Geo intelligence or GEOINT / GEOINTEL is a term of art first coined by the U.S. military, and defined by U.S. statutory law as “intelligence about the human activity on earth derived from the exploitation and analysis of imagery and geospatial information that describes, assesses, and visually depicts physical features and geographically referenced activities on the Earth.”
GEOINT is now used by many and can be extremely useful for corporate investigations into human rights abuse. By organising and combining data around the geographical location on Earth of individuals or business activities, one can derive important evidence — primary and circumstantial — to help prove wrongdoing.
Consider what a bird’s eye view can bring to your investigation.
1. Satellite Imagery
Satellite imagery can be used for all kinds of corporate crime investigations: from tracking environmental disasters to the transport of illicit goods. Although satellite imagery can be used as primary evidence, many investigators use it in order to fact-check other evidence. For example, satellite imagery can be used to confirm that historical logging took place in a certain area by using a range of coordinates collected during an in-person mission. Or one can use satellite imagery to confirm that a vessel transporting illegal merchandise docked in a certain port at a certain time – coordinates first obtained from vessel tracking data.
High resolution, historical satellite imagery, is, however, hard to come by. A good and free-to-use starting point for historical satellite imagery is Google Earth. But you will likely want higher resolution images from a wider historical range.
A quick introduction to satellite imagery by the Citizen Evidence Lab here.
- Google Maps and Google Earth provide free, global satellite imagery, including historical images.
- Start with one of the many free databases available here, and once you have identified the specific date and location, turn to the Earth Observing System here, which provides up to 10 free images a day. Or you can even have a free month of high-resolution images from Sentinel here.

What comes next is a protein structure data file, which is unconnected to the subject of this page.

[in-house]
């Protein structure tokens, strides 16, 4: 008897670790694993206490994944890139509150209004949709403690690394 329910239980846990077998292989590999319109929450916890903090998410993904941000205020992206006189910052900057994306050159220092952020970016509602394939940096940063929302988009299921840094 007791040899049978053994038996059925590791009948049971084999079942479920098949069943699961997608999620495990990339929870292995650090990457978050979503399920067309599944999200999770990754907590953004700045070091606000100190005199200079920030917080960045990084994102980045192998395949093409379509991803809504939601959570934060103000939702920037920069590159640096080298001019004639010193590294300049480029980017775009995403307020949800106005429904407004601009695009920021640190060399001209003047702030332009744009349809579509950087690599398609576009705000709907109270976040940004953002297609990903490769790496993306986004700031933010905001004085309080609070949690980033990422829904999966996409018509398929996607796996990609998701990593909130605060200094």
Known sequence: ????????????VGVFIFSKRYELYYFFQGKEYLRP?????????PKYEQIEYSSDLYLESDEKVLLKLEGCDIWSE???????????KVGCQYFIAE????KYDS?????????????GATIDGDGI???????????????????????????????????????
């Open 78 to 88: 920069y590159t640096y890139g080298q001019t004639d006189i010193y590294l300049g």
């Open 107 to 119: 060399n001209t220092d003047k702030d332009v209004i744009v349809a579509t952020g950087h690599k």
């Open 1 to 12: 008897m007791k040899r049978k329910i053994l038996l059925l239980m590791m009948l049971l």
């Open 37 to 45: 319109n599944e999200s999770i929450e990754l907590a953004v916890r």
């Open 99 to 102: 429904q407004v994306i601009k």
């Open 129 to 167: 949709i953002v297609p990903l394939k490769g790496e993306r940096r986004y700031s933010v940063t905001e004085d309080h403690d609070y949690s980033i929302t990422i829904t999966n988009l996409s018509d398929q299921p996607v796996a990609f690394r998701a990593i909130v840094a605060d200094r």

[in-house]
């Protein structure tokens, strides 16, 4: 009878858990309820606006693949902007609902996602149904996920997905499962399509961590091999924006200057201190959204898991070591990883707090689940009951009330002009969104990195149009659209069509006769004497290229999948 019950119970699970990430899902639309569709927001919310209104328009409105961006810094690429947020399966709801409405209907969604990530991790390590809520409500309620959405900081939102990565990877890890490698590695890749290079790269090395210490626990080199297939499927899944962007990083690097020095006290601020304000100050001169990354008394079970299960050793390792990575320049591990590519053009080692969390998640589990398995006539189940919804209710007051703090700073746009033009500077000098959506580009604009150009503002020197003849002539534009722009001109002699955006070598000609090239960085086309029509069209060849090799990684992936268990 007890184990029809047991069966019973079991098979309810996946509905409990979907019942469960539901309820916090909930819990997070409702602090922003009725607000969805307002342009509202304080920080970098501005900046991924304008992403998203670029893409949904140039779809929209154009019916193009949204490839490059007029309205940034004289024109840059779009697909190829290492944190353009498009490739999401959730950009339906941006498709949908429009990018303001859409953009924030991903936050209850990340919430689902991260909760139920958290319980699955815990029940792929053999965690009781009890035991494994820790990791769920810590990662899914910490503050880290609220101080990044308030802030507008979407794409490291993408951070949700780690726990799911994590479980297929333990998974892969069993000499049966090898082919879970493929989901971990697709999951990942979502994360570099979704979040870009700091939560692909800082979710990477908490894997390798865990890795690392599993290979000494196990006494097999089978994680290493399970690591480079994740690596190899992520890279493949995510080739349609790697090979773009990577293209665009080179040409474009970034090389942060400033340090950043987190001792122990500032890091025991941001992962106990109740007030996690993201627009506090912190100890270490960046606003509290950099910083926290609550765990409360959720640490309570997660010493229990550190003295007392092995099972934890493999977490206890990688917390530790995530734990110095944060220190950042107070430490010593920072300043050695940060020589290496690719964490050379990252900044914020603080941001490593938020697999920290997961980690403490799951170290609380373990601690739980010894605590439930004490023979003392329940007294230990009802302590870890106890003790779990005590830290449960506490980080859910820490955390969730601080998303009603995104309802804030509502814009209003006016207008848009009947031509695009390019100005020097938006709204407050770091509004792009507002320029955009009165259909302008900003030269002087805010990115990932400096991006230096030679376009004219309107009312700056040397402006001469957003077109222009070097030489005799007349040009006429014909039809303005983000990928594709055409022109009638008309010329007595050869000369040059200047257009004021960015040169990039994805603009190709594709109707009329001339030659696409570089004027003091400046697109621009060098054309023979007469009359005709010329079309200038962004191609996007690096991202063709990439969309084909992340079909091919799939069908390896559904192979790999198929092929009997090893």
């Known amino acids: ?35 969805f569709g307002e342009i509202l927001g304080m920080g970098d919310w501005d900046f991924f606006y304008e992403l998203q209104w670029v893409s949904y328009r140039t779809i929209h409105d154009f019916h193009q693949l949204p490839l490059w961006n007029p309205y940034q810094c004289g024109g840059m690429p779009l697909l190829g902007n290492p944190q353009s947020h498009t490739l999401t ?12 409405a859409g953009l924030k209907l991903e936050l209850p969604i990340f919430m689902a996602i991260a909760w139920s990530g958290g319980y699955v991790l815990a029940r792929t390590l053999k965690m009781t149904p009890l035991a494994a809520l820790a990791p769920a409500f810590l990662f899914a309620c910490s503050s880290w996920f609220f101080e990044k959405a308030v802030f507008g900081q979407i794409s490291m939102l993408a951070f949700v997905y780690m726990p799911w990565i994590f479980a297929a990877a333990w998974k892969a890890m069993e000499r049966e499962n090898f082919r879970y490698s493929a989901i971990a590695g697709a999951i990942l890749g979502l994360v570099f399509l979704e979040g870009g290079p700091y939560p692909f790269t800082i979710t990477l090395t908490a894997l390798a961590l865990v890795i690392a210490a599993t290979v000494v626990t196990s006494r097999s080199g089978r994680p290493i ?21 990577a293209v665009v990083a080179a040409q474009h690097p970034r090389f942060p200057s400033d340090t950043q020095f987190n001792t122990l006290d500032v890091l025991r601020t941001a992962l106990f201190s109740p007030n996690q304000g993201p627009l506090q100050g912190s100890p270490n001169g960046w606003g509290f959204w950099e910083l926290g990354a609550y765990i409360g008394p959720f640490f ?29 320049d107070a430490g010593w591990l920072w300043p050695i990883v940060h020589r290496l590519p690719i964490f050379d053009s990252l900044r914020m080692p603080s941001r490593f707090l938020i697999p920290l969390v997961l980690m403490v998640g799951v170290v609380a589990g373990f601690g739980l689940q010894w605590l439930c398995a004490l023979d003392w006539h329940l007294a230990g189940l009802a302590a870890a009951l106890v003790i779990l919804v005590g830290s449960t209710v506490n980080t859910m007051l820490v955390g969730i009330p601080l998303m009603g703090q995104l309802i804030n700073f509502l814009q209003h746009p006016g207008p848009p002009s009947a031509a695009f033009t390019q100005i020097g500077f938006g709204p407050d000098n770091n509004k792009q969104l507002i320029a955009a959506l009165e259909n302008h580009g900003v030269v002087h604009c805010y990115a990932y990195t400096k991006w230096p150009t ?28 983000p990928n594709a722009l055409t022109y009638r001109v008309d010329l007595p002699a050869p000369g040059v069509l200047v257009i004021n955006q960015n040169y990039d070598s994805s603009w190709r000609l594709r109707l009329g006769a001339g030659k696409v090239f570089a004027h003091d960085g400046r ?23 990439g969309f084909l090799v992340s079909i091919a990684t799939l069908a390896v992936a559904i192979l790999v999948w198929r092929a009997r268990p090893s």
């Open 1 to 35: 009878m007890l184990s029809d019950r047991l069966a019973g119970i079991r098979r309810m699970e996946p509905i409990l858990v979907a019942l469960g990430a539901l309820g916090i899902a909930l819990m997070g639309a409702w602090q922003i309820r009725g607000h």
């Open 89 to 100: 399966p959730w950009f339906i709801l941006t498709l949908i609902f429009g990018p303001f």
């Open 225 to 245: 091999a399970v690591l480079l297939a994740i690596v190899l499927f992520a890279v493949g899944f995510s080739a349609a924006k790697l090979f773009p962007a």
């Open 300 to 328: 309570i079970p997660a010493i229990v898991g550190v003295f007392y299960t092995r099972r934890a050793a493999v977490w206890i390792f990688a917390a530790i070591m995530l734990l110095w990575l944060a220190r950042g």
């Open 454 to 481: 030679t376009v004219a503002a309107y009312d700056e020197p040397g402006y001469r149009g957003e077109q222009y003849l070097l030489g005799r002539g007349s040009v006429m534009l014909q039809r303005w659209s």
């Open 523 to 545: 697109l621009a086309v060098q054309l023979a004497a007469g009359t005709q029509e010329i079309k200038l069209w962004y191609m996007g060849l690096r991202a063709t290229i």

- Other free resources include EarthExplorer, among others.
- If you have some budget for satellite images, visit Image Hunter, the largest search engine and image reseller, with over 115 million images and 54 satellite, aerial and DEM datasets from around the world. Image Hunter allows you to find the photo you’re interested in and then submit a quote and place your order. The benefit of using Image Hunter instead of going to each individual provider is that it allows you to skip the more cumbersome administrative process.
- An extremely useful tool that relies on satellite imagery (jointly with cloud computing) to monitor changes in forests – historical and ongoing – is Global Forest Watch. GFW allows you to track illegal logging, land grabbing, deforestation or forest fires in near-real time and for free. I have used GFW primarily as a first port of call: it allows you to conduct preliminary assessments of forest change especially in areas where access is highly restricted.
2. Remote sensing
Remote sensing is the process of detecting and monitoring the physical characteristics of an area by measuring its reflected and emitted radiation at a distance (typically from satellite or aircraft). Special cameras collect remotely sensed images, which help researchers “sense” things about the Earth.
- Amnesty’s Citizen Evidence Lab provides a number of case studies on how to conduct remote sensing.
Geolocation refers to the identification of the geographic location of a user or computing device via a variety of data collection mechanisms. Typically, most geolocation services use network routing addresses or internal GPS devices to determine this location. Geolocation is a device-specific API.
- Amnesty’s Citizen Evidence Lab provides guidance on how to create a panorama from a video for geolocation and self-care.
- Bellingcat’s “Using the Sun and Shadows for Geolocation” provides useful guidance on how to use the sun and shadows to assist you in identifying the precise location of an incident.